Oliver Dawson Saxon Screaming Eagles: The Complete Works 6CD Box Set Review

Oliver Dawson Saxon Screaming Eagles: The Complete Works 6CD Box Set Review


Back in the early and mid 70s, there was a blues rock group called SOB (after Free’s Tons Of Sobs), featuring guitarist Graham Oliver and bassist Steve Dawson, and a more progressive rock band called Coast, featuring guitarist Paul Quinn and bassist / vocalist Biff Byford. They came together for form Son Of A Bitch, and quickly changed their name to Saxon, with drummer Pete Gill. One of the front runners of the NWoBHM, they are (in quite a changed form) still going. Strong.
The changes along the way include the departure of Steve Dawson (mid 80s) and Graham Oliver (mid 90s). They would soon combine forces, and for over a decade tour and record as Oliver Dawson Saxon. And this very fine set (via Cherry Red) collects pretty much (but not quite) everything. And a marvellous listen it is too.

The pair’s first post Saxon project was a resurrection of the name Son Of A Bitch, who released the album Victim You, in 1996, which is disc 5 here. It has been reissued, with extra tracks, but both releases are far from common so it’s great to have it here. Alongside Graham and Steve were guitarist Haydn Conway, vocalist Ted Bullet and original Saxon (and onetime Motorhead) drummer Pete Gill. An album full of riffs and some seriously rocking (and rough’n’ready in places) metal. It gave a decade otherwise full of alternative, nu and grunge metal hope. And nice that here the album includes Running Away, a Japanese bonus track.
Then, after a court case over the band name (about as unnecessary as the bad blood that followed), the band went out as Oliver/Dawson Saxon.
In 2007 I interviewed Paul Quinn and Nibbs Carter of Saxon and both had heard and enjoyed the album Victim You, it was that good.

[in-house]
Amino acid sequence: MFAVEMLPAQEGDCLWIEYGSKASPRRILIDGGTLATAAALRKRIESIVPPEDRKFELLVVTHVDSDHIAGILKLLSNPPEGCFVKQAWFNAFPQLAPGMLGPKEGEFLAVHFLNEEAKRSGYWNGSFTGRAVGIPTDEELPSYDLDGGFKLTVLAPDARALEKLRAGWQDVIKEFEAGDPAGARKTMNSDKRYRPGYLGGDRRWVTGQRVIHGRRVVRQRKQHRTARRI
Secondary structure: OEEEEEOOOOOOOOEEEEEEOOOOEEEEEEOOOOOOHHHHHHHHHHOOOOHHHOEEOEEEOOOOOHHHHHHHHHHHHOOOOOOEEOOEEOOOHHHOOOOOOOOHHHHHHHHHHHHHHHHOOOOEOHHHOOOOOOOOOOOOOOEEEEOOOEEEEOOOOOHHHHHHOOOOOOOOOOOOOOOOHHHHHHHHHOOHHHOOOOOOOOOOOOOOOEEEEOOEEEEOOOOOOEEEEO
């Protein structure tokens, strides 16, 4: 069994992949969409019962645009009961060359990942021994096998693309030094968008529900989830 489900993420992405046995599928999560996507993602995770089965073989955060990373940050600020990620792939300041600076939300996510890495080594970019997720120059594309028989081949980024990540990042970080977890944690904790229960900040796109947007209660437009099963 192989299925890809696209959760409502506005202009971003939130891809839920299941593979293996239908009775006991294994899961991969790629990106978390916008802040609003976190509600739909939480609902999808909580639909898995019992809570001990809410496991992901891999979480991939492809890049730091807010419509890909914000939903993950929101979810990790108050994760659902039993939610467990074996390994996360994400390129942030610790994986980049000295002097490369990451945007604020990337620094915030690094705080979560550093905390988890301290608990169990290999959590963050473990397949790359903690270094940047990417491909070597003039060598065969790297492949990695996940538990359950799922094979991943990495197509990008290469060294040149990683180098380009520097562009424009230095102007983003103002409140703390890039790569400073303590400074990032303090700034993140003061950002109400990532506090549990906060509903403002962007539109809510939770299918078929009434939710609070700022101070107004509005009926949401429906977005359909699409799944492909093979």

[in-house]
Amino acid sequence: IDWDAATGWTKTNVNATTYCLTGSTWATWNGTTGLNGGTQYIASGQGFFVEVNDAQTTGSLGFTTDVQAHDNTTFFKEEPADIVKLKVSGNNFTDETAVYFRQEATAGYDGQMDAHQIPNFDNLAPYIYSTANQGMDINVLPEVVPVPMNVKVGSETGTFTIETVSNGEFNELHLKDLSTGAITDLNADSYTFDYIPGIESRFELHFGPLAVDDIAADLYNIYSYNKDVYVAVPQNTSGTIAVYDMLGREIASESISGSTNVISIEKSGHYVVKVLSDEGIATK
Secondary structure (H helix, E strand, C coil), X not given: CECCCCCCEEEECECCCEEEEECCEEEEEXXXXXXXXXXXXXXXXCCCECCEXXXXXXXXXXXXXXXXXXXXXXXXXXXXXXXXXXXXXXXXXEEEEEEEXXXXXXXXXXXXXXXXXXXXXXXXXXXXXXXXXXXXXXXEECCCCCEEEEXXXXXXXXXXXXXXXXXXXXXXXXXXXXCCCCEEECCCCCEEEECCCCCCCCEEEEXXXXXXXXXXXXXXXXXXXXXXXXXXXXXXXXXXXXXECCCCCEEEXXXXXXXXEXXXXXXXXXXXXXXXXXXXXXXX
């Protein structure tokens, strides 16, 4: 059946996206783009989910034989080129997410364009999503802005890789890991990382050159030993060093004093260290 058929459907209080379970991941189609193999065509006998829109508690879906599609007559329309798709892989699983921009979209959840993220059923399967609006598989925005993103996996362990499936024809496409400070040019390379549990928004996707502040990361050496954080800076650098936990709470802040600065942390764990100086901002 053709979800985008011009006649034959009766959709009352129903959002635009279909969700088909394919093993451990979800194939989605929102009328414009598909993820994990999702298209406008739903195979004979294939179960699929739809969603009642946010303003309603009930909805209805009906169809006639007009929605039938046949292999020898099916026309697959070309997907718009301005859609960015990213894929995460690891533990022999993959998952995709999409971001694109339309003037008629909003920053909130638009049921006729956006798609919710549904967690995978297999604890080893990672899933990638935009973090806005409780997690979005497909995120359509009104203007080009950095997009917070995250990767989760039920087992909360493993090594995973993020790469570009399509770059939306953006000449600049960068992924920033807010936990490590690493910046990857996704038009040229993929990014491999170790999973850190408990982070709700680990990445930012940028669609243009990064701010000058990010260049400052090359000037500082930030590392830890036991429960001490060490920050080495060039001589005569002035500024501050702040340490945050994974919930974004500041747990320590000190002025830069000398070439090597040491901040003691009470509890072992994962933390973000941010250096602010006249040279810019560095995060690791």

In the 00s, Oliver Dawson Saxon featured vocalist John Ward and former Saxon drummer Nigel Durham alongside Oliver, Conway and Dawson, and the band released two live sets, both here. And wonderful and a great listen, if you’re a Saxon fan. Both sets concentrate on the early Saxon material, up to and including Innocence Is No Excuse (Dawson’s last album with the band). While there are many who love this early period, and it’s (in most cases) good to hear them live, there are tracks (I include Wheels Of Steel and 747 in this) that have become so overplayed, so replied upon. I’d gladly see them dropped for other tracks in the consistent and strong catalogue, Any original bonus tracks are included, but the DVD releases are not.

With vocalist Bri Shaughness and drummer Paul (Graham’s son) Oliver, the band released the new album Motorbiker in 2012 which sees a change in direction. Opening track Chemical Romance is a vert heavy, crunchy 90s metal track, doomy and solid. A modern update to trad metal comes over in the title track. Things get heavier, then the power ballad (if you can call it that) of Just Another Suicide, a deep, sad and meaningful song. Nice contrast. Much more embracing of their contemporaries than previous releases, and a strong album too.
There’s a couple of riffs reminiscent to Black Album era Metallica, beefed up to 11.

The band released one more live album (a couple of new tracks but still reliant on the early Saxon material).

The last disc is a compilation of the two solo albums issued by Graham and Steve (one each). Again, both great listens and well worth searching out in full.

The solo and two studio albums are proof that this band were too good to be over reliant on covers on stage.

I love Saxon, always have done, and I love Oliver Dawson Saxon too. Both Graham and Steve are great players, and it shows here. They’re lovely guys, too. I’ve interviewed Graham several times, including twice for sleevenotes for the original releases. Much (if not all) of the material was previously issued by Angel Air, and is now hard to find. This is a great and nicely packaged (6 discs in card sleeves, clamshell box, booklet with comments from Graham Oliver) round up of (almost) all of it. Essential listening.
Only the complete solo albums and the DVD material, and maybe more notes in the booklet, would complete the icing on the cake.

Joe Geesin | Now Spinning Magazine

Oliver Dawson Saxon Screaming Eagles: The Complete Works 6CD Box Set Reviewed

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